Reducing bacteria contamination on meat using insecticide-treated netting: A preliminary study of butcheries in Kenya
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Atuhairwe, J. 2014. Reducing bacteria contamination on meat using insecticide-treated netting: A preliminary study of butcheries in Kenya. MSc thesis. Liverpool, UK: Liverpool School of Tropical Medicine.
Permanent link to this item: http://hdl.handle.net/10568/56887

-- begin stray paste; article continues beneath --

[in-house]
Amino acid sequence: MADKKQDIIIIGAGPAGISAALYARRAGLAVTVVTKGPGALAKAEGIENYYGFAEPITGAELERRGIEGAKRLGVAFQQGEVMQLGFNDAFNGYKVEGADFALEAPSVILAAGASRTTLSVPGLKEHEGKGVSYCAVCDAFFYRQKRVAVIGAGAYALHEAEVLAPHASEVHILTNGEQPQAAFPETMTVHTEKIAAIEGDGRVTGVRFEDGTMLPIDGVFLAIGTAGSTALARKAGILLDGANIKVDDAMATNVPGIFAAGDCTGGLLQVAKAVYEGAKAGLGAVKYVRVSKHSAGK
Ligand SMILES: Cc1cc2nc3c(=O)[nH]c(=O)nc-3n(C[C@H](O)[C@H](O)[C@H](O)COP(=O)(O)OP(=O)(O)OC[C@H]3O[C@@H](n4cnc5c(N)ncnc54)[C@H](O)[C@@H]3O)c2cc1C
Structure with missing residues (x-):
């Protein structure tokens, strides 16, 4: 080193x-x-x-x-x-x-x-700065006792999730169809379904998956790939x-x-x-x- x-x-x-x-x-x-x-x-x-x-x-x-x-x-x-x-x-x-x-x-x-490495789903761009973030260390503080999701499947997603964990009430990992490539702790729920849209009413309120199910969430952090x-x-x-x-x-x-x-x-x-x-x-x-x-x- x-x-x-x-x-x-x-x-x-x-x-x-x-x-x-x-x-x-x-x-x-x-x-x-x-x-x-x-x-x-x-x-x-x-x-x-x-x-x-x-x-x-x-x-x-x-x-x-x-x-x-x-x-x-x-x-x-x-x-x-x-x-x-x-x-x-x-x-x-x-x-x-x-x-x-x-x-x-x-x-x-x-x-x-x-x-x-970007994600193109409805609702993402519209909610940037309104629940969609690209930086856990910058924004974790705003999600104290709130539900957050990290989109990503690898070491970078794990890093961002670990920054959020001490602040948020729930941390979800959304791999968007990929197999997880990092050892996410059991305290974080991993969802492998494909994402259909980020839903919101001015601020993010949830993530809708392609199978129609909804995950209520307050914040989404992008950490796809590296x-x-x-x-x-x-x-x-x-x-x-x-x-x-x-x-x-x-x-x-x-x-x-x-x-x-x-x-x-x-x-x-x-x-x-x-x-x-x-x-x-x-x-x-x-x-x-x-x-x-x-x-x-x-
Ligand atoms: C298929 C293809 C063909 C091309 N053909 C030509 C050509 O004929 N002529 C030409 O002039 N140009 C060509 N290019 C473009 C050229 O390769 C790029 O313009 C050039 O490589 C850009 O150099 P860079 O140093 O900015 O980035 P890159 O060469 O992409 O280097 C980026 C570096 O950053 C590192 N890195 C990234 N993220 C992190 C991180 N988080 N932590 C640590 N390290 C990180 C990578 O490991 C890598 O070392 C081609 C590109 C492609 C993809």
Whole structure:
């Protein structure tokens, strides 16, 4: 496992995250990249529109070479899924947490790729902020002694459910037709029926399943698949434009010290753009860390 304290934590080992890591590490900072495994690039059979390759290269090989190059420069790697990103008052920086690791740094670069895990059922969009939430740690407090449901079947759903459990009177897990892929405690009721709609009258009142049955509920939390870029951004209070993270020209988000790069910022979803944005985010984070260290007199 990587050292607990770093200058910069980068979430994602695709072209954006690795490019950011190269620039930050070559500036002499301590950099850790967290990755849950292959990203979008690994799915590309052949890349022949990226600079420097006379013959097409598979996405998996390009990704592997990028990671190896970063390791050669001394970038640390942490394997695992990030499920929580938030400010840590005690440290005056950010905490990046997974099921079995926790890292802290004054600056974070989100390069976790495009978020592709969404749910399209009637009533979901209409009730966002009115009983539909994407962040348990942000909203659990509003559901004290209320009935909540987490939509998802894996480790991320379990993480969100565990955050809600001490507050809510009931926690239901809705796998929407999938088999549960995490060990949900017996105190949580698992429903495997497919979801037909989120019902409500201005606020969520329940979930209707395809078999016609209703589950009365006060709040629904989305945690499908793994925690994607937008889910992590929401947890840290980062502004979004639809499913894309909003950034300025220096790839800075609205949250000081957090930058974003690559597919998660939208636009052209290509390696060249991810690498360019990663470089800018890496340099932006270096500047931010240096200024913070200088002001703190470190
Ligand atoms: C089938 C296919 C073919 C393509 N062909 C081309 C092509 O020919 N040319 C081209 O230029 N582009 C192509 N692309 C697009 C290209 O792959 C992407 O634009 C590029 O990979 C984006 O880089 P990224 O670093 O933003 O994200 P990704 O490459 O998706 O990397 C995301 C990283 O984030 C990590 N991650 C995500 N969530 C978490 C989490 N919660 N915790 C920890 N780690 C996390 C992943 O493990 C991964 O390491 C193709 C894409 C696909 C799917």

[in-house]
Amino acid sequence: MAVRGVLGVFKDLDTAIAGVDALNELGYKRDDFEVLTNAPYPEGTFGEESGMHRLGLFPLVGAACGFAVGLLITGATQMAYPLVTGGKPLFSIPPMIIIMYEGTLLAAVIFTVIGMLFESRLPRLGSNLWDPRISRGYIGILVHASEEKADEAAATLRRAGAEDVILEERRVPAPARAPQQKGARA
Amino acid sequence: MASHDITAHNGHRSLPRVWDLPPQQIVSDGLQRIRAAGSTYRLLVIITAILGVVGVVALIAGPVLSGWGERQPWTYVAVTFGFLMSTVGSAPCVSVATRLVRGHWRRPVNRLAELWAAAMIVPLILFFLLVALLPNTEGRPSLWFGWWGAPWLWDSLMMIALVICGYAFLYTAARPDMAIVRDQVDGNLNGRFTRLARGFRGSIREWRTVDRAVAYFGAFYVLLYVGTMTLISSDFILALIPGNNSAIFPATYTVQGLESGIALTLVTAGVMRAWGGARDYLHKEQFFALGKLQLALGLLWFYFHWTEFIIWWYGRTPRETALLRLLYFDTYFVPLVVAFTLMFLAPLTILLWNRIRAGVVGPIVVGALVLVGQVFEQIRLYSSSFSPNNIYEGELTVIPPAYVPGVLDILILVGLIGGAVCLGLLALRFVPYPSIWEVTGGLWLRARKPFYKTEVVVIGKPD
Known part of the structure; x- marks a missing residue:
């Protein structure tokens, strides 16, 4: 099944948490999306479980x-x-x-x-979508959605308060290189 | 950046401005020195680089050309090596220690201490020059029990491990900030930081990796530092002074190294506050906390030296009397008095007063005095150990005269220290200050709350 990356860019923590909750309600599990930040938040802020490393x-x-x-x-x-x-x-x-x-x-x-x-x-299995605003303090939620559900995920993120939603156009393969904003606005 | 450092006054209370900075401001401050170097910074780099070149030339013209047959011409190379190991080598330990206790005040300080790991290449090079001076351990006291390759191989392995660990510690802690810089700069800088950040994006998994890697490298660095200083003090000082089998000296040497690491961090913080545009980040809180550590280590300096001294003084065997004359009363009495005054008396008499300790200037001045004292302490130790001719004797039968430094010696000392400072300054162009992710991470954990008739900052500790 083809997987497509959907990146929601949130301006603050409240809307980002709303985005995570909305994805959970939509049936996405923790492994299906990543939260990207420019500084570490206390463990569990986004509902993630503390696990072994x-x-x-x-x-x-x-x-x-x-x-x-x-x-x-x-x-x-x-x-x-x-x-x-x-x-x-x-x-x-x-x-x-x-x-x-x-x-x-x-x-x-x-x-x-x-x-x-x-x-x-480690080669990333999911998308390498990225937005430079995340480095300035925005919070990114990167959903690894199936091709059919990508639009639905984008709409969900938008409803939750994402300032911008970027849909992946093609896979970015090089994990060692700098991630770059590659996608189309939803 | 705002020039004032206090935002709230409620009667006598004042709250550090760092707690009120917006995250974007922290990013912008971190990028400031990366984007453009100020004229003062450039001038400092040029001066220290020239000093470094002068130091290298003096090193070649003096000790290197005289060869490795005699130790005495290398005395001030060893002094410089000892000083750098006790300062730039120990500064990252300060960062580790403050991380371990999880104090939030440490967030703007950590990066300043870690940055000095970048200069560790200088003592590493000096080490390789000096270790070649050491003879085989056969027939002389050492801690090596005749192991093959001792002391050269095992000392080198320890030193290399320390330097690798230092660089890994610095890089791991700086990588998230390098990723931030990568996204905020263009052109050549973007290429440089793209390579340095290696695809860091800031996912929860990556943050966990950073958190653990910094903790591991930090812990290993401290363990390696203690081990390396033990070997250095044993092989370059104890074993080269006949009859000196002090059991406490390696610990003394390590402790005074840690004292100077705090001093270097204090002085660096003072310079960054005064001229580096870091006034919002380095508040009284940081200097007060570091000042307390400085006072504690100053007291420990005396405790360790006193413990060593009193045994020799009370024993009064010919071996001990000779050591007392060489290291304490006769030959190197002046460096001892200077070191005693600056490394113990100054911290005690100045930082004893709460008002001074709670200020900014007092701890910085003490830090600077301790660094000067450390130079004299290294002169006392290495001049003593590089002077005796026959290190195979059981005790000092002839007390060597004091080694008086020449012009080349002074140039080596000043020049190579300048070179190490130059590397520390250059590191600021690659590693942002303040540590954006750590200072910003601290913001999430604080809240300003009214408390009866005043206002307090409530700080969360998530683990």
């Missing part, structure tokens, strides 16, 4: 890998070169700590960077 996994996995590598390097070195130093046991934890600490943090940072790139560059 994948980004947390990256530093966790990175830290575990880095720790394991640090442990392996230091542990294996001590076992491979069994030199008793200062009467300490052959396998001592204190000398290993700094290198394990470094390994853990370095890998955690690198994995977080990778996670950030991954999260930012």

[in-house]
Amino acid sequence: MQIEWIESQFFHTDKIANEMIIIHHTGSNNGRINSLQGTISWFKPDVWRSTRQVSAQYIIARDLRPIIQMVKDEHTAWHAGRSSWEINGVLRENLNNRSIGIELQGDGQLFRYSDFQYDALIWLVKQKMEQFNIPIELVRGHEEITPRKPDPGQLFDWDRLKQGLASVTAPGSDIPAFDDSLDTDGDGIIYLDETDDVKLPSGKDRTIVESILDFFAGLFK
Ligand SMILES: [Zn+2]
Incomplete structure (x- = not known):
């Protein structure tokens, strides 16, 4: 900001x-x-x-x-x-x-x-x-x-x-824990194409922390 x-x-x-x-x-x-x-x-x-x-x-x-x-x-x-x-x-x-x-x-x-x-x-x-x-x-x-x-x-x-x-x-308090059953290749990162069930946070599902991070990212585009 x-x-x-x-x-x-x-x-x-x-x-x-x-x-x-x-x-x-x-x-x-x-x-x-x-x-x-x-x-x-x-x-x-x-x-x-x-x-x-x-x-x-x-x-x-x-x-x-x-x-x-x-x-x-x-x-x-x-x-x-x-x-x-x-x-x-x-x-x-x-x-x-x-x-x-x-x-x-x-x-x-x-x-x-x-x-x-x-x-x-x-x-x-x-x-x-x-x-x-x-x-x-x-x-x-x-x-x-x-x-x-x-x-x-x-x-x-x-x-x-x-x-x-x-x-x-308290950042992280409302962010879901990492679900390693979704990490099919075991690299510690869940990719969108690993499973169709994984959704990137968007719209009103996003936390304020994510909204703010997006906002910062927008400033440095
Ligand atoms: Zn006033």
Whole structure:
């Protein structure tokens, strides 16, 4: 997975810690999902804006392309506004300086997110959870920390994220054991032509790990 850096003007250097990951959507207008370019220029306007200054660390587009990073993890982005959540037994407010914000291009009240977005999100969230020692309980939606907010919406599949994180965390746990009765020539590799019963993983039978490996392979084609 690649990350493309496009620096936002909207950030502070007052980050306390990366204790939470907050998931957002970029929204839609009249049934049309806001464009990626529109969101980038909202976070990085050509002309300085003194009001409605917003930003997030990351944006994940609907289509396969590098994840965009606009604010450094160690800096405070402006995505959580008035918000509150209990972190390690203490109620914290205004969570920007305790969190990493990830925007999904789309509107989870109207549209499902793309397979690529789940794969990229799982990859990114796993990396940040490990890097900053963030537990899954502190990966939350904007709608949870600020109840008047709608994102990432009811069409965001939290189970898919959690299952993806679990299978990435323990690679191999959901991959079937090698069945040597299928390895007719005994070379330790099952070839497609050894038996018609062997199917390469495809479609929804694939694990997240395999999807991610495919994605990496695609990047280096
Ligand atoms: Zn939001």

Introduction: One of the leading causes of death in under-five children globally is diarrhoea. House flies, which commonly interact with filthy environment and food for human consumption, are known to carry diarrhoea causing bacteria. Despite this knowledge, interventions to control diarrhoea have ignored vector control options and mainly focused on treatment and other preventive measures like rotavirus immunisation, hand washing and general improved sanitation. This study was conducted to determine the impact of the Vestergaard Frandsen ZeroFly® Livestock Netting (VZFLN) on density of flies and bacteria contamination on meat in selected butcheries in Dagoretti sub- county, Nairobi, Kenya. Methods: A controlled longitudinal study was conducted in 30 butcheries, randomly selected and allocated to intervention and control arms. A baseline survey to determine the species and density of flies and meat and butchery surface contamination by enteric bacteria was conducted in the 30 study butcheries prior to introduction of the VZFLN (treatment) in the intervention butcheries. Samples of flies, meat and swabs of the wooden log used for chopping meat were obtained from the butcheries on a weekly basis for 5 consecutive weeks. Interviews were conducted with butchery owners pre- and post-intervention to determine practices that promote meat contamination and willingness to use the VZFLN in the control of flies in butcheries. Results: Baseline data identified seven species of flies in butcheries namely; Calliphora spp, Crysomya putoria, Crysomya chloropyga, Lucillia spp, Musca domestica and Sarcophaga spp. Of 682 flies collected at baseline, Musca domestica was dominant (89%) followed by Crysomya choloropyaga (4%) and Crysomya putoria (4%). All fly species except Calliphora spp were contaminated with one or more enteric bacteria species. E.coli (56%) was the predominant contaminant on all flies followed by Proteus spp (13%), Shigella spp (9%), Salmonella spp (3%) and mixed contaminations (18%). Meat (33%) and butchery surface swabs (27%) samples were contaminated by enteric bacteria. E.coli was also predominant on meat and butchery surfaces. Post intervention results were calculated using a mixed effects Poisson regression in a Generalized Linear Model. These showed that the VZFLN accounted for a 57% difference (IRR 0.434, 95% CI 0.235-0.804, P = 0.008) in the mean number of flies caught in the intervention (mean=8, 95% CI, 5-12) and control (mean=19, 95% CI, 10- 28) groups in week two. At week five, the mean catch of flies in intervention butcheries was 6 (95% CI 2-10) and 19 flies (95% CI, 7-32) in the control group, representing a 67% difference (IRR 0.326, 95% CI, 0.126-0.845, P=0.021). The results were adjusted for baseline differences in fly numbers. Adjusting the results for temperature, location, and baseline differences in fly numbers in the same model gave a 51% difference in the means of flies in the intervention and control butcheries (IRR=0.496, 0.254-0.969, p=0.04), mean=7 (95% CI, 3-12) in intervention and mean=15 (95% CI 11-18) in control butcheries. Conclusion and recommendation: The VZFLN was effective at reducing fly density in butcheries and is therefore recommended for use. Trial studies however should be done in the dry season when fly numbers are relatively high.